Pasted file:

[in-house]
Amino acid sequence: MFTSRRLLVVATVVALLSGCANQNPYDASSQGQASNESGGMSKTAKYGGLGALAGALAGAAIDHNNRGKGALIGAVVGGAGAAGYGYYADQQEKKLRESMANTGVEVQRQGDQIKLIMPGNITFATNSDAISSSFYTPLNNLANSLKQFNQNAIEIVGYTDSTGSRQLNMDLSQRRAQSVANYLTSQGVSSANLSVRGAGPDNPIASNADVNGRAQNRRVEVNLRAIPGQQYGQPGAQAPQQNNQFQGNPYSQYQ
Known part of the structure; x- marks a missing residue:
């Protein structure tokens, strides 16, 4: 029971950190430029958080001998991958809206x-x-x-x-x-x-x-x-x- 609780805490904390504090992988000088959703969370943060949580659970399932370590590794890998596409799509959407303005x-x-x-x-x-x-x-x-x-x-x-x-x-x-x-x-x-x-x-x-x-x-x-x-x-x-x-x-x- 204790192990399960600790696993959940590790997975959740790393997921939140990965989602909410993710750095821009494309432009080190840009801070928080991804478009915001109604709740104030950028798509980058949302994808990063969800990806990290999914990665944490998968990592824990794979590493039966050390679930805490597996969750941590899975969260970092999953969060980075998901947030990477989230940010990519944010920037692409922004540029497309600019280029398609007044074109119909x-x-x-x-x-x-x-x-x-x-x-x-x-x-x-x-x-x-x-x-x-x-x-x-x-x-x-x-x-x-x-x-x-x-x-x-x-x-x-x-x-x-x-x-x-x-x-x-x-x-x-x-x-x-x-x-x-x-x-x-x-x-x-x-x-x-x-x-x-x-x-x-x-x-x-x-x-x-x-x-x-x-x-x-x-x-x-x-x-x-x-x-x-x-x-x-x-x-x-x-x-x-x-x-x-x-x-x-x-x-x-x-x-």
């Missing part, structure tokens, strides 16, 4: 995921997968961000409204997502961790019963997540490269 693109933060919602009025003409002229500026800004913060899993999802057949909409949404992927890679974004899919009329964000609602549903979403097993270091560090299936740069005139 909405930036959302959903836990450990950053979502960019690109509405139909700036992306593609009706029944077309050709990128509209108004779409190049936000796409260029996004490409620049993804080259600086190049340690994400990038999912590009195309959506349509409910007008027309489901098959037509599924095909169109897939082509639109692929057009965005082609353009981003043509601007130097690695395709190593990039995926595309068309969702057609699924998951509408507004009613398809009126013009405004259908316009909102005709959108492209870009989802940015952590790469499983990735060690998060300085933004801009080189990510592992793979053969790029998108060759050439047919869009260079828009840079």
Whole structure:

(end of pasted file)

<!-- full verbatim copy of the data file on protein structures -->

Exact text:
[in-house]
Amino acid sequence: MFTSRRLLVVATVVALLSGCANQNPYDASSQGQASNESGGMSKTAKYGGLGALAGALAGAAIDHNNRGKGALIGAVVGGAGAAGYGYYADQQEKKLRESMANTGVEVQRQGDQIKLIMPGNITFATNSDAISSSFYTPLNNLANSLKQFNQNAIEIVGYTDSTGSRQLNMDLSQRRAQSVANYLTSQGVSSANLSVRGAGPDNPIASNADVNGRAQNRRVEVNLRAIPGQQYGQPGAQAPQQNNQFQGNPYSQYQ
Known part of the structure; x- marks a missing residue:
């Protein structure tokens, strides 16, 4: 029971950190430029958080001998991958809206x-x-x-x-x-x-x-x-x- 609780805490904390504090992988000088959703969370943060949580659970399932370590590794890998596409799509959407303005x-x-x-x-x-x-x-x-x-x-x-x-x-x-x-x-x-x-x-x-x-x-x-x-x-x-x-x-x- 204790192990399960600790696993959940590790997975959740790393997921939140990965989602909410993710750095821009494309432009080190840009801070928080991804478009915001109604709740104030950028798509980058949302994808990063969800990806990290999914990665944490998968990592824990794979590493039966050390679930805490597996969750941590899975969260970092999953969060980075998901947030990477989230940010990519944010920037692409922004540029497309600019280029398609007044074109119909x-x-x-x-x-x-x-x-x-x-x-x-x-x-x-x-x-x-x-x-x-x-x-x-x-x-x-x-x-x-x-x-x-x-x-x-x-x-x-x-x-x-x-x-x-x-x-x-x-x-x-x-x-x-x-x-x-x-x-x-x-x-x-x-x-x-x-x-x-x-x-x-x-x-x-x-x-x-x-x-x-x-x-x-x-x-x-x-x-x-x-x-x-x-x-x-x-x-x-x-x-x-x-x-x-x-x-x-x-x-x-x-x-």
């Missing part, structure tokens, strides 16, 4: 995921997968961000409204997502961790019963997540490269 693109933060919602009025003409002229500026800004913060899993999802057949909409949404992927890679974004899919009329964000609602549903979403097993270091560090299936740069005139 909405930036959302959903836990450990950053979502960019690109509405139909700036992306593609009706029944077309050709990128509209108004779409190049936000796409260029996004490409620049993804080259600086190049340690994400990038999912590009195309959506349509409910007008027309489901098959037509599924095909169109897939082509639109692929057009965005082609353009981003043509601007130097690695395709190593990039995926595309068309969702057609699924998951509408507004009613398809009126013009405004259908316009909102005709959108492209870009989802940015952590790469499983990735060690998060300085933004801009080189990510592992793979053969790029998108060759050439047919869009260079828009840079």
Whole structure: